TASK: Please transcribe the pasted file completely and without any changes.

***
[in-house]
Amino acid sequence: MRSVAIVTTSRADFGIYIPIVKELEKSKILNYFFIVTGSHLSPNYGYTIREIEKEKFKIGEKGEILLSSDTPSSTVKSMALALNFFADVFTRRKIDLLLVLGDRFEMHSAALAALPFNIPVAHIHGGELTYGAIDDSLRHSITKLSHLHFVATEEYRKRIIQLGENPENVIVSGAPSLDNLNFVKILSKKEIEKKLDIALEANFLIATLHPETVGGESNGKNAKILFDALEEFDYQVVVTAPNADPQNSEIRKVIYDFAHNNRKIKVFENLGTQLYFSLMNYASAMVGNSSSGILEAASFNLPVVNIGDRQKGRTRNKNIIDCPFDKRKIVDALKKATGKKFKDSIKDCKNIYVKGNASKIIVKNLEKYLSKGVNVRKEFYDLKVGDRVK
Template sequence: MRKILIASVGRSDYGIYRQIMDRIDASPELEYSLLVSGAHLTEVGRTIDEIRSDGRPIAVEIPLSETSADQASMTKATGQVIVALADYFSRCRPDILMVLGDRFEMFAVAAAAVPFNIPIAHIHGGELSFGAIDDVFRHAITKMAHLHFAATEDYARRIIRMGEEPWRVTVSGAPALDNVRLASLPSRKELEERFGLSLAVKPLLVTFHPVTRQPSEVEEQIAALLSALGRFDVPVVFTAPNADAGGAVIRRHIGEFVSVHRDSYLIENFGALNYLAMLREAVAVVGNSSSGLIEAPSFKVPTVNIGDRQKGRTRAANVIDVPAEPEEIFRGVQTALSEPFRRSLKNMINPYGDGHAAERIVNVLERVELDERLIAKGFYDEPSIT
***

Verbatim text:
[in-house]
Amino acid sequence: MRSVAIVTTSRADFGIYIPIVKELEKSKILNYFFIVTGSHLSPNYGYTIREIEKEKFKIGEKGEILLSSDTPSSTVKSMALALNFFADVFTRRKIDLLLVLGDRFEMHSAALAALPFNIPVAHIHGGELTYGAIDDSLRHSITKLSHLHFVATEEYRKRIIQLGENPENVIVSGAPSLDNLNFVKILSKKEIEKKLDIALEANFLIATLHPETVGGESNGKNAKILFDALEEFDYQVVVTAPNADPQNSEIRKVIYDFAHNNRKIKVFENLGTQLYFSLMNYASAMVGNSSSGILEAASFNLPVVNIGDRQKGRTRNKNIIDCPFDKRKIVDALKKATGKKFKDSIKDCKNIYVKGNASKIIVKNLEKYLSKGVNVRKEFYDLKVGDRVK
Template sequence: MRKILIASVGRSDYGIYRQIMDRIDASPELEYSLLVSGAHLTEVGRTIDEIRSDGRPIAVEIPLSETSADQASMTKATGQVIVALADYFSRCRPDILMVLGDRFEMFAVAAAAVPFNIPIAHIHGGELSFGAIDDVFRHAITKMAHLHFAATEDYARRIIRMGEEPWRVTVSGAPALDNVRLASLPSRKELEERFGLSLAVKPLLVTFHPVTRQPSEVEEQIAALLSALGRFDVPVVFTAPNADAGGAVIRRHIGEFVSVHRDSYLIENFGALNYLAMLREAVAVVGNSSSGLIEAPSFKVPTVNIGDRQKGRTRAANVIDVPAEPEEIFRGVQTALSEPFRRSLKNMINPYGDGHAAERIVNVLERVELDERLIAKGFYDEPSIT